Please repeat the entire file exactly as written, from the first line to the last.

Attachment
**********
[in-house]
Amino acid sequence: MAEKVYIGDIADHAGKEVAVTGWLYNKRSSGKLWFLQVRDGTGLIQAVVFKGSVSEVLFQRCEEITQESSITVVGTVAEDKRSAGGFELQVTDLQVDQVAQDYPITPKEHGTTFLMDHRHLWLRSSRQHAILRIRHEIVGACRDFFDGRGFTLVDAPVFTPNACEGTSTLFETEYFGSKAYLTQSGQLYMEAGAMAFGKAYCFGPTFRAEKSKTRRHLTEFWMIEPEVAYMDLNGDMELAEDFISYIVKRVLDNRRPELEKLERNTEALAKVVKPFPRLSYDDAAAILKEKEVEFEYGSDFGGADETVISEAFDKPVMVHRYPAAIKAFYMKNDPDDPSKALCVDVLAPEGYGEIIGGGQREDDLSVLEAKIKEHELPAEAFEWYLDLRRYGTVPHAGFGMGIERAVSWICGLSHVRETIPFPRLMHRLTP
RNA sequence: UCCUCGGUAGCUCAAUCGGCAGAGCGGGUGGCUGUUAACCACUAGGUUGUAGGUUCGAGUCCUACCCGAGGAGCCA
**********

[in-house]
Amino acid sequence: MAEKVYIGDIADHAGKEVAVTGWLYNKRSSGKLWFLQVRDGTGLIQAVVFKGSVSEVLFQRCEEITQESSITVVGTVAEDKRSAGGFELQVTDLQVDQVAQDYPITPKEHGTTFLMDHRHLWLRSSRQHAILRIRHEIVGACRDFFDGRGFTLVDAPVFTPNACEGTSTLFETEYFGSKAYLTQSGQLYMEAGAMAFGKAYCFGPTFRAEKSKTRRHLTEFWMIEPEVAYMDLNGDMELAEDFISYIVKRVLDNRRPELEKLERNTEALAKVVKPFPRLSYDDAAAILKEKEVEFEYGSDFGGADETVISEAFDKPVMVHRYPAAIKAFYMKNDPDDPSKALCVDVLAPEGYGEIIGGGQREDDLSVLEAKIKEHELPAEAFEWYLDLRRYGTVPHAGFGMGIERAVSWICGLSHVRETIPFPRLMHRLTP
RNA sequence: UCCUCGGUAGCUCAAUCGGCAGAGCGGGUGGCUGUUAACCACUAGGUUGUAGGUUCGAGUCCUACCCGAGGAGCCA